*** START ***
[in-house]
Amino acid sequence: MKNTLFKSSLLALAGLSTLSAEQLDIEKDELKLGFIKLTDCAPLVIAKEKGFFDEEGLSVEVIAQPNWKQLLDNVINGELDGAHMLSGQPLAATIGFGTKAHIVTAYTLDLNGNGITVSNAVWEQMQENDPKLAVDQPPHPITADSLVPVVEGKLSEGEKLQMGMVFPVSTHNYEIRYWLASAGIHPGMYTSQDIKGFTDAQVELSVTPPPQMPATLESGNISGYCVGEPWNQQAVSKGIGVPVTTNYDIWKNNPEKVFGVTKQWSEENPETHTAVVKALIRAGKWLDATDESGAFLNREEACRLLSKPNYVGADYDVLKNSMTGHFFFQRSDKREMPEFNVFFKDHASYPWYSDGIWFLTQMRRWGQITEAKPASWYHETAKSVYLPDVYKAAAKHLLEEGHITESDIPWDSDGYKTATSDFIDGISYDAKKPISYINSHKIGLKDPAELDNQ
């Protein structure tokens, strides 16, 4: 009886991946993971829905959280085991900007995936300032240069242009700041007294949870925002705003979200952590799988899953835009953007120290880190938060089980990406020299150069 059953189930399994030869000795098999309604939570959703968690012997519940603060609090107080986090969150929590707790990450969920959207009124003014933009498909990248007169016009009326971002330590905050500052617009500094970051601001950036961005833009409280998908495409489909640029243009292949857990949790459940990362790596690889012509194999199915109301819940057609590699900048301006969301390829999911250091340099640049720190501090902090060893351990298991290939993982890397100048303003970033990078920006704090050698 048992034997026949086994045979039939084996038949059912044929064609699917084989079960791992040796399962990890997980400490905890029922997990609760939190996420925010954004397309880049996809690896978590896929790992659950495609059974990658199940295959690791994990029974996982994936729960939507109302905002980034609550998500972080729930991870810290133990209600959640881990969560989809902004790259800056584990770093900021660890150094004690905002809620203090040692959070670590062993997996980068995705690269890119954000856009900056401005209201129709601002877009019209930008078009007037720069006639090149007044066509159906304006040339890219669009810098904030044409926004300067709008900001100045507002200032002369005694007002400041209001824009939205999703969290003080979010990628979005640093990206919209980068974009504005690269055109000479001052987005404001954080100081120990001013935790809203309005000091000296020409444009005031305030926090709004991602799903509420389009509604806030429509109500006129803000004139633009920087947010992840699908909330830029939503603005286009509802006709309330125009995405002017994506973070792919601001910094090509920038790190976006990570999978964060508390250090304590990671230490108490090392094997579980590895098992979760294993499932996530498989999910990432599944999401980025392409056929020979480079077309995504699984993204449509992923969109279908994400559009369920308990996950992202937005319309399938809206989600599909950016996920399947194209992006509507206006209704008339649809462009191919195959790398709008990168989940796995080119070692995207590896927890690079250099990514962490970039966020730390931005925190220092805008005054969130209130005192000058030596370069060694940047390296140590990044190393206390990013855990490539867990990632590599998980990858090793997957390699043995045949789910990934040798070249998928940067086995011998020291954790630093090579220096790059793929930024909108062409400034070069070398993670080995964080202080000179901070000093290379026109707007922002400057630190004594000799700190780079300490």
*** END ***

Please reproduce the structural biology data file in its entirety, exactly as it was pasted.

[in-house]
Amino acid sequence: MKNTLFKSSLLALAGLSTLSAEQLDIEKDELKLGFIKLTDCAPLVIAKEKGFFDEEGLSVEVIAQPNWKQLLDNVINGELDGAHMLSGQPLAATIGFGTKAHIVTAYTLDLNGNGITVSNAVWEQMQENDPKLAVDQPPHPITADSLVPVVEGKLSEGEKLQMGMVFPVSTHNYEIRYWLASAGIHPGMYTSQDIKGFTDAQVELSVTPPPQMPATLESGNISGYCVGEPWNQQAVSKGIGVPVTTNYDIWKNNPEKVFGVTKQWSEENPETHTAVVKALIRAGKWLDATDESGAFLNREEACRLLSKPNYVGADYDVLKNSMTGHFFFQRSDKREMPEFNVFFKDHASYPWYSDGIWFLTQMRRWGQITEAKPASWYHETAKSVYLPDVYKAAAKHLLEEGHITESDIPWDSDGYKTATSDFIDGISYDAKKPISYINSHKIGLKDPAELDNQ
């Protein structure tokens, strides 16, 4: 009886991946993971829905959280085991900007995936300032240069242009700041007294949870925002705003979200952590799988899953835009953007120290880190938060089980990406020299150069 059953189930399994030869000795098999309604939570959703968690012997519940603060609090107080986090969150929590707790990450969920959207009124003014933009498909990248007169016009009326971002330590905050500052617009500094970051601001950036961005833009409280998908495409489909640029243009292949857990949790459940990362790596690889012509194999199915109301819940057609590699900048301006969301390829999911250091340099640049720190501090902090060893351990298991290939993982890397100048303003970033990078920006704090050698 048992034997026949086994045979039939084996038949059912044929064609699917084989079960791992040796399962990890997980400490905890029922997990609760939190996420925010954004397309880049996809690896978590896929790992659950495609059974990658199940295959690791994990029974996982994936729960939507109302905002980034609550998500972080729930991870810290133990209600959640881990969560989809902004790259800056584990770093900021660890150094004690905002809620203090040692959070670590062993997996980068995705690269890119954000856009900056401005209201129709601002877009019209930008078009007037720069006639090149007044066509159906304006040339890219669009810098904030044409926004300067709008900001100045507002200032002369005694007002400041209001824009939205999703969290003080979010990628979005640093990206919209980068974009504005690269055109000479001052987005404001954080100081120990001013935790809203309005000091000296020409444009005031305030926090709004991602799903509420389009509604806030429509109500006129803000004139633009920087947010992840699908909330830029939503603005286009509802006709309330125009995405002017994506973070792919601001910094090509920038790190976006990570999978964060508390250090304590990671230490108490090392094997579980590895098992979760294993499932996530498989999910990432599944999401980025392409056929020979480079077309995504699984993204449509992923969109279908994400559009369920308990996950992202937005319309399938809206989600599909950016996920399947194209992006509507206006209704008339649809462009191919195959790398709008990168989940796995080119070692995207590896927890690079250099990514962490970039966020730390931005925190220092805008005054969130209130005192000058030596370069060694940047390296140590990044190393206390990013855990490539867990990632590599998980990858090793997957390699043995045949789910990934040798070249998928940067086995011998020291954790630093090579220096790059793929930024909108062409400034070069070398993670080995964080202080000179901070000093290379026109707007922002400057630190004594000799700190780079300490």